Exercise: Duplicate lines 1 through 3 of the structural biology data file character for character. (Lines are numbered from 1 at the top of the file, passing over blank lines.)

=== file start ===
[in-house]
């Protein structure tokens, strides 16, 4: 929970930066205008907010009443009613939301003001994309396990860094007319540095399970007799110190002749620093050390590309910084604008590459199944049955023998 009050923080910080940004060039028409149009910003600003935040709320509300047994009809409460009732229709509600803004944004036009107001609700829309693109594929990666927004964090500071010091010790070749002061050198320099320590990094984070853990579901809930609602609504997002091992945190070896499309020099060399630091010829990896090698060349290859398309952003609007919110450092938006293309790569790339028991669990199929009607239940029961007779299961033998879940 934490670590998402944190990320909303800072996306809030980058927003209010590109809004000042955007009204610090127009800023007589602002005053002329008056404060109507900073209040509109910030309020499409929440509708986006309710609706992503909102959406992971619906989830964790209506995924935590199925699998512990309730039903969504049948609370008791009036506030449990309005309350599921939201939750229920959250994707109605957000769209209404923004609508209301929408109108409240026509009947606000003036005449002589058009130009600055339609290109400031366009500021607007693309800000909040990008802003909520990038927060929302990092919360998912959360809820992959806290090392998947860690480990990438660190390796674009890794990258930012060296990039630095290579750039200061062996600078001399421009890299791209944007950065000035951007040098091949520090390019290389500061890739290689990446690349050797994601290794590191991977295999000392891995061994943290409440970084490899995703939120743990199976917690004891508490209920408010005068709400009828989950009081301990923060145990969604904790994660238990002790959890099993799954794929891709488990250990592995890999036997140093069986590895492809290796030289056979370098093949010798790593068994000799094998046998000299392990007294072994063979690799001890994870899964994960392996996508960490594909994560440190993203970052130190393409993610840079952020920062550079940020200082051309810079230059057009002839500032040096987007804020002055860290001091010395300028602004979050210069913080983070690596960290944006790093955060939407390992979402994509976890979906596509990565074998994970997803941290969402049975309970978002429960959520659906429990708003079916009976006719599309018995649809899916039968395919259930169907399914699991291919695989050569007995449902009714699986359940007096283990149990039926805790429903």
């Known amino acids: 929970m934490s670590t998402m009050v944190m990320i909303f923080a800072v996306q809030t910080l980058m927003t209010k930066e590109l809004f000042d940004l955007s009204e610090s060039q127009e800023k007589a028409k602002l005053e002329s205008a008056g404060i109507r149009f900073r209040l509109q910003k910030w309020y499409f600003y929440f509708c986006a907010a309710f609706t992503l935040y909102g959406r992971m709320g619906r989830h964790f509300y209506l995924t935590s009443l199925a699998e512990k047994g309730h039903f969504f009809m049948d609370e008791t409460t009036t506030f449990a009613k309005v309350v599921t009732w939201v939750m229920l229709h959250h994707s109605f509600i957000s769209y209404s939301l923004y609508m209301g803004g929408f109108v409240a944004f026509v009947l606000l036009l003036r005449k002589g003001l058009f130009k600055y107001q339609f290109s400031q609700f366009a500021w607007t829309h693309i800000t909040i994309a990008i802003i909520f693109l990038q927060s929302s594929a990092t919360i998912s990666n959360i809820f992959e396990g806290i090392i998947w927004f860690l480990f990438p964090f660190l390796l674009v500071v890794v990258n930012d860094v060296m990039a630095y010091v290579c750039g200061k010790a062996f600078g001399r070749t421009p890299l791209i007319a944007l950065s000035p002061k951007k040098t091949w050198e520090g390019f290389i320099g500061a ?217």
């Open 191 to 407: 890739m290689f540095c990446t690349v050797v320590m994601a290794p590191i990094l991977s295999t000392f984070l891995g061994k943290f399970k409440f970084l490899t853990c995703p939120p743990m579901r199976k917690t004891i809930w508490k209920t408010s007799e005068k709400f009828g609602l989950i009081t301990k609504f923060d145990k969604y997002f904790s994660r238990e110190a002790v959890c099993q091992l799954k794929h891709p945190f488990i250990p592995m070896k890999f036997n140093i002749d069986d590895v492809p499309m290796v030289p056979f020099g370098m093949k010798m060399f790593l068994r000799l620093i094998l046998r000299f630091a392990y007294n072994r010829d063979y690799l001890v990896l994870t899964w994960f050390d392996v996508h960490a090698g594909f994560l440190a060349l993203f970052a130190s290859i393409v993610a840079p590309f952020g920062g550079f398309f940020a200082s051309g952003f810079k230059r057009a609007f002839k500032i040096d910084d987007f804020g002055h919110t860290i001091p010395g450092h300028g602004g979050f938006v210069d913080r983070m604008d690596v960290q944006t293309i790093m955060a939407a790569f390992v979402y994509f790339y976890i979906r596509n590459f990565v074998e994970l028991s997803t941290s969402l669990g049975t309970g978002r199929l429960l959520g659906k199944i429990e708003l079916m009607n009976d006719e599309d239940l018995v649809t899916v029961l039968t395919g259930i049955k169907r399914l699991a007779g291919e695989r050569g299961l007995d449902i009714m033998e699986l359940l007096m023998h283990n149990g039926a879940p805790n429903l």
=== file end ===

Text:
[in-house]
């Protein structure tokens, strides 16, 4: 929970930066205008907010009443009613939301003001994309396990860094007319540095399970007799110190002749620093050390590309910084604008590459199944049955023998 009050923080910080940004060039028409149009910003600003935040709320509300047994009809409460009732229709509600803004944004036009107001609700829309693109594929990666927004964090500071010091010790070749002061050198320099320590990094984070853990579901809930609602609504997002091992945190070896499309020099060399630091010829990896090698060349290859398309952003609007919110450092938006293309790569790339028991669990199929009607239940029961007779299961033998879940 934490670590998402944190990320909303800072996306809030980058927003209010590109809004000042955007009204610090127009800023007589602002005053002329008056404060109507900073209040509109910030309020499409929440509708986006309710609706992503909102959406992971619906989830964790209506995924935590199925699998512990309730039903969504049948609370008791009036506030449990309005309350599921939201939750229920959250994707109605957000769209209404923004609508209301929408109108409240026509009947606000003036005449002589058009130009600055339609290109400031366009500021607007693309800000909040990008802003909520990038927060929302990092919360998912959360809820992959806290090392998947860690480990990438660190390796674009890794990258930012060296990039630095290579750039200061062996600078001399421009890299791209944007950065000035951007040098091949520090390019290389500061890739290689990446690349050797994601290794590191991977295999000392891995061994943290409440970084490899995703939120743990199976917690004891508490209920408010005068709400009828989950009081301990923060145990969604904790994660238990002790959890099993799954794929891709488990250990592995890999036997140093069986590895492809290796030289056979370098093949010798790593068994000799094998046998000299392990007294072994063979690799001890994870899964994960392996996508960490594909994560440190993203970052130190393409993610840079952020920062550079940020200082051309810079230059057009002839500032040096987007804020002055860290001091010395300028602004979050210069913080983070690596960290944006790093955060939407390992979402994509976890979906596509990565074998994970997803941290969402049975309970978002429960959520659906429990708003079916009976006719599309018995649809899916039968395919259930169907399914699991291919695989050569007995449902009714699986359940007096283990149990039926805790429903």
């Known amino acids: 929970m934490s670590t998402m009050v944190m990320i909303f923080a800072v996306q809030t910080l980058m927003t209010k930066e590109l809004f000042d940004l955007s009204e610090s060039q127009e800023k007589a028409k602002l005053e002329s205008a008056g404060i109507r149009f900073r209040l509109q910003k910030w309020y499409f600003y929440f509708c986006a907010a309710f609706t992503l935040y909102g959406r992971m709320g619906r989830h964790f509300y209506l995924t935590s009443l199925a699998e512990k047994g309730h039903f969504f009809m049948d609370e008791t409460t009036t506030f449990a009613k309005v309350v599921t009732w939201v939750m229920l229709h959250h994707s109605f509600i957000s769209y209404s939301l923004y609508m209301g803004g929408f109108v409240a944004f026509v009947l606000l036009l003036r005449k002589g003001l058009f130009k600055y107001q339609f290109s400031q609700f366009a500021w607007t829309h693309i800000t909040i994309a990008i802003i909520f693109l990038q927060s929302s594929a990092t919360i998912s990666n959360i809820f992959e396990g806290i090392i998947w927004f860690l480990f990438p964090f660190l390796l674009v500071v890794v990258n930012d860094v060296m990039a630095y010091v290579c750039g200061k010790a062996f600078g001399r070749t421009p890299l791209i007319a944007l950065s000035p002061k951007k040098t091949w050198e520090g390019f290389i320099g500061a ?217």